Seeing as this site is setting up, thought i’d share some of my favourite old football videos currently on Youtube, in no specific order.

Trailer for the BBC’s coverage of the 1986 World Cup. They went to a lot of effort building a set which sort of looks like Mexico and hiring Mexican-looking actors to star in it.

ITV’s coverage of the 1982 World Cup, presented by Brian Moore with comedy from Eric Morecambe. In 2010, it was presented by Adrian Chiles with comedy (If you can call it that) from James Corden.

What the fuck went wrong with ITV in the intervening 28 years?

(You may notice Eamonn Holmes in the clip. Didn’t he look like Dimitar Berbatov when he was younger?)

A mundane friendly game from 1998, but worth watching simply for Brian Clough not taking too kindly to Nick Owen correcting him for calling Gary Pallister “McAllister”.

Now, if only someone could write a comedy show about a TV presenter and model it on Nick Owen, possibly presenting a graveyard show on Radio Norwich?

(Also, ever watch a live match from Eastern Europe these days wishing it was in the middle of the afternoon as the ground had no floodlights and with poor sound quality on the commentary? Ain’t modern technological advances shit?)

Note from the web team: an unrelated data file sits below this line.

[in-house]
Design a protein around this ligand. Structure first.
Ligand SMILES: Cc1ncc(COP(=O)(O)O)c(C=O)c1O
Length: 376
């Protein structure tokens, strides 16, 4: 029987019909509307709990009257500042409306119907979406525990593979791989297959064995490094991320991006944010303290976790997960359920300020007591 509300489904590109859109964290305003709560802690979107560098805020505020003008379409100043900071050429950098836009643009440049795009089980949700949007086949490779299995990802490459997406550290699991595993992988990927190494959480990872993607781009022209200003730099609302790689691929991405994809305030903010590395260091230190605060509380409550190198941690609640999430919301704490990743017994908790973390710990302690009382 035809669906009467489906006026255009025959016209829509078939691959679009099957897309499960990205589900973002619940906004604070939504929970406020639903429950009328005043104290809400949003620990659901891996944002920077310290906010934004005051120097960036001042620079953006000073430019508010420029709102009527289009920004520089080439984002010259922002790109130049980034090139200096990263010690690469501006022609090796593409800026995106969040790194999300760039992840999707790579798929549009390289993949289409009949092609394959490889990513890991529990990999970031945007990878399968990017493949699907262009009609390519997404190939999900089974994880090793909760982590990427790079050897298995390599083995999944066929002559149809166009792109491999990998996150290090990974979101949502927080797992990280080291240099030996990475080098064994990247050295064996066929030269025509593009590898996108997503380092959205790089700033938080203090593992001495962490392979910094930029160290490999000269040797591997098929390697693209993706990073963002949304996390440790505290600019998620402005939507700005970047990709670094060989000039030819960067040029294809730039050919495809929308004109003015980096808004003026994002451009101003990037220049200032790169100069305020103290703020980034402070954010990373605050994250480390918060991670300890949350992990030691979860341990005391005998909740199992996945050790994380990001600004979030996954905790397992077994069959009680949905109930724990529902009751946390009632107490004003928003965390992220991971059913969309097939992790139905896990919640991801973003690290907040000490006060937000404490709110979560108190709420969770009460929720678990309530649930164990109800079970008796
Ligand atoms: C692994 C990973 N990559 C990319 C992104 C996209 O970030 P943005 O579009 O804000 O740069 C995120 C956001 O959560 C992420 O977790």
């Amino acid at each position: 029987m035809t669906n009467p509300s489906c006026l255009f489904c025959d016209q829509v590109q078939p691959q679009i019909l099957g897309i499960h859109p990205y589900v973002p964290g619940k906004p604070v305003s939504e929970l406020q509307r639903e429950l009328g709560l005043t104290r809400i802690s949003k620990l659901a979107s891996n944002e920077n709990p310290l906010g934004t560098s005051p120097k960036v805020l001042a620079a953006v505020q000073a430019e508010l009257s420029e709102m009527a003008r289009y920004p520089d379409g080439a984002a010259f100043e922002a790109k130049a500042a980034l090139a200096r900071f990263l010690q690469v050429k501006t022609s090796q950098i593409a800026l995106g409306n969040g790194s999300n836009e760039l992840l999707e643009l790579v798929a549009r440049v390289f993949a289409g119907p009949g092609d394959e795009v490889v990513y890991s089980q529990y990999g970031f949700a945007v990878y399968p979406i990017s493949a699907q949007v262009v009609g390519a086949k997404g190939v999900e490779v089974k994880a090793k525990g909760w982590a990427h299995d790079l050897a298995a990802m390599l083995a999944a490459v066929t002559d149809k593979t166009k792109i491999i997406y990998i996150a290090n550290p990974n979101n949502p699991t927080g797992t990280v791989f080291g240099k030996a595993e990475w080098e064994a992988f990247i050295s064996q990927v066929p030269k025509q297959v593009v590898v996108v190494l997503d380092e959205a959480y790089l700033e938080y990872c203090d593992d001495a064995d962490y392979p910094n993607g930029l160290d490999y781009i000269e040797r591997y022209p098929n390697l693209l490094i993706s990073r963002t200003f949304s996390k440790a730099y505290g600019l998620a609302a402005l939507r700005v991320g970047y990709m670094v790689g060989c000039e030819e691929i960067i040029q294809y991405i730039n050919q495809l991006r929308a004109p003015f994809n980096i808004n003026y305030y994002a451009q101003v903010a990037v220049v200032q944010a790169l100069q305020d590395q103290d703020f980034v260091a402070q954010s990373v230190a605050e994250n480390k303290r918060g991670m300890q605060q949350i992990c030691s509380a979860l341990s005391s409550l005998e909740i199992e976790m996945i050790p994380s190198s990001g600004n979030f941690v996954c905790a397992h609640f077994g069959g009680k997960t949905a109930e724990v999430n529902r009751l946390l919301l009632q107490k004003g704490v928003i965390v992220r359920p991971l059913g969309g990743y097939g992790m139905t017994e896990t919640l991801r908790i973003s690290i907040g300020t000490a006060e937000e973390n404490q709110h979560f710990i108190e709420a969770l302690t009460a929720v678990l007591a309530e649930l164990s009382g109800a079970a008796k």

Amazing Luton Town kit, watch the reaction of the crowd behind the goal when the ball goes in.

Geekgasm alert, amazing ident. One word – GOOOOOALLLLLLACCCCHHHIIOOOOO!!!!!!!!!!!

Bryan Robson makming Diego Maradona look like a little boy. This is why the big European nights at Old Trafford are great occasions.

THIS, is what the new Match of the Day opening credits should have looked like.

English football allowed off UEFA’s naughty step.

UK TV World Cup coverage opening credits. Bet you can remember most of them too. It’s amazing the evolution of them too.

What’s wrong with cutting together a few clips of teams involved in the tournament?

Football advertising in a more innocent age.

HONOURABLE MENTIONS

RETROMBM

West Germany v Holland, Italia 90

Italia 90 ITV End Montage

Oh Pavarotti

Oh ITV4, why won’t you repeat ‘The Big Match’ anymore?

Oh David Icke

Cup Final Build-Up 1983

Cloughie, The Man, The Myth, The Legend

Oh ITV, why can’t you do football coverage like this anymore?

YOUTUBE CHANNELS

Homesdale35

Mattyredman